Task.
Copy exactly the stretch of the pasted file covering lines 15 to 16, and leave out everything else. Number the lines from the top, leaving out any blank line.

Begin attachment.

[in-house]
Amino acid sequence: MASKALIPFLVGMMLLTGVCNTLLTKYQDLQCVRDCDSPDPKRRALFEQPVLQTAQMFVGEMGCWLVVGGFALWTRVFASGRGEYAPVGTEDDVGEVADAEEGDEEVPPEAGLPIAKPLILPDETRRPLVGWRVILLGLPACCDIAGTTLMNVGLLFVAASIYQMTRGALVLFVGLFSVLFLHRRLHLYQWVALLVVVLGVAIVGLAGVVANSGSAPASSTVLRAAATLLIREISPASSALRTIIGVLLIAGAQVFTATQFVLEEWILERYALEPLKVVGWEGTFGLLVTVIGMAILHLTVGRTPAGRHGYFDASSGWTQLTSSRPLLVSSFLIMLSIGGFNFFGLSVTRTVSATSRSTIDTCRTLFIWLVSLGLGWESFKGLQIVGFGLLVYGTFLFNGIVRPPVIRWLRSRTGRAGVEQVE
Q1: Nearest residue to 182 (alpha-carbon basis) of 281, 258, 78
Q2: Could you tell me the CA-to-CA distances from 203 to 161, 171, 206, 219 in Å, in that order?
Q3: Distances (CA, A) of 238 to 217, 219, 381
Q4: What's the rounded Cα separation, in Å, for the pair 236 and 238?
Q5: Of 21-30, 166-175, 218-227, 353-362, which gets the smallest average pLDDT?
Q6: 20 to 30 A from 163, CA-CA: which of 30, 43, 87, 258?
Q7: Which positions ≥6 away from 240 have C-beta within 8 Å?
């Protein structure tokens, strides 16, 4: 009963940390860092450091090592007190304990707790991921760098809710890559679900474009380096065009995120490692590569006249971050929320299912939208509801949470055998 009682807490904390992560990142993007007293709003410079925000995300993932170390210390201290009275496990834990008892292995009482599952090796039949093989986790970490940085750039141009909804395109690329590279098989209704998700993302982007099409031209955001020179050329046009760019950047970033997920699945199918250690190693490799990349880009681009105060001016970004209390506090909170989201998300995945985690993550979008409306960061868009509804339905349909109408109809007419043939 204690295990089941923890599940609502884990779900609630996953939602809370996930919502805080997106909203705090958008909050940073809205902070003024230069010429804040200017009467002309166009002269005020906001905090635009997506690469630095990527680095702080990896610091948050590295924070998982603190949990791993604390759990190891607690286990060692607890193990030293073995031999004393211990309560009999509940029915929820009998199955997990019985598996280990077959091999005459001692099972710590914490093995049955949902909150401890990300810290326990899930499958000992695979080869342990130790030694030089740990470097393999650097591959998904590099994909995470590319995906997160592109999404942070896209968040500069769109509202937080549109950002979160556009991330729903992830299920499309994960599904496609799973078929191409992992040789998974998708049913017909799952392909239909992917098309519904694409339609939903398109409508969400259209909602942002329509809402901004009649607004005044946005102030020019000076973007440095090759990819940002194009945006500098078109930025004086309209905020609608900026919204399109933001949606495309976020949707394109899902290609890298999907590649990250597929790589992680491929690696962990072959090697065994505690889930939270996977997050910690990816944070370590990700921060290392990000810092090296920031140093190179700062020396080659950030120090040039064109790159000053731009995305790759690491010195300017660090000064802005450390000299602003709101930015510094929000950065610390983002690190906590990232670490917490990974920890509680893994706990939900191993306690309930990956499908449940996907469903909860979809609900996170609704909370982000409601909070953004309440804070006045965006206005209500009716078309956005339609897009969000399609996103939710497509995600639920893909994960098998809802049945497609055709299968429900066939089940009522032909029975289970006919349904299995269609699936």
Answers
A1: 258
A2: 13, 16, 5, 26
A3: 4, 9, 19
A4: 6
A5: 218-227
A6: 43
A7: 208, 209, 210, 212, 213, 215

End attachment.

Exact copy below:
A4: 6
A5: 218-227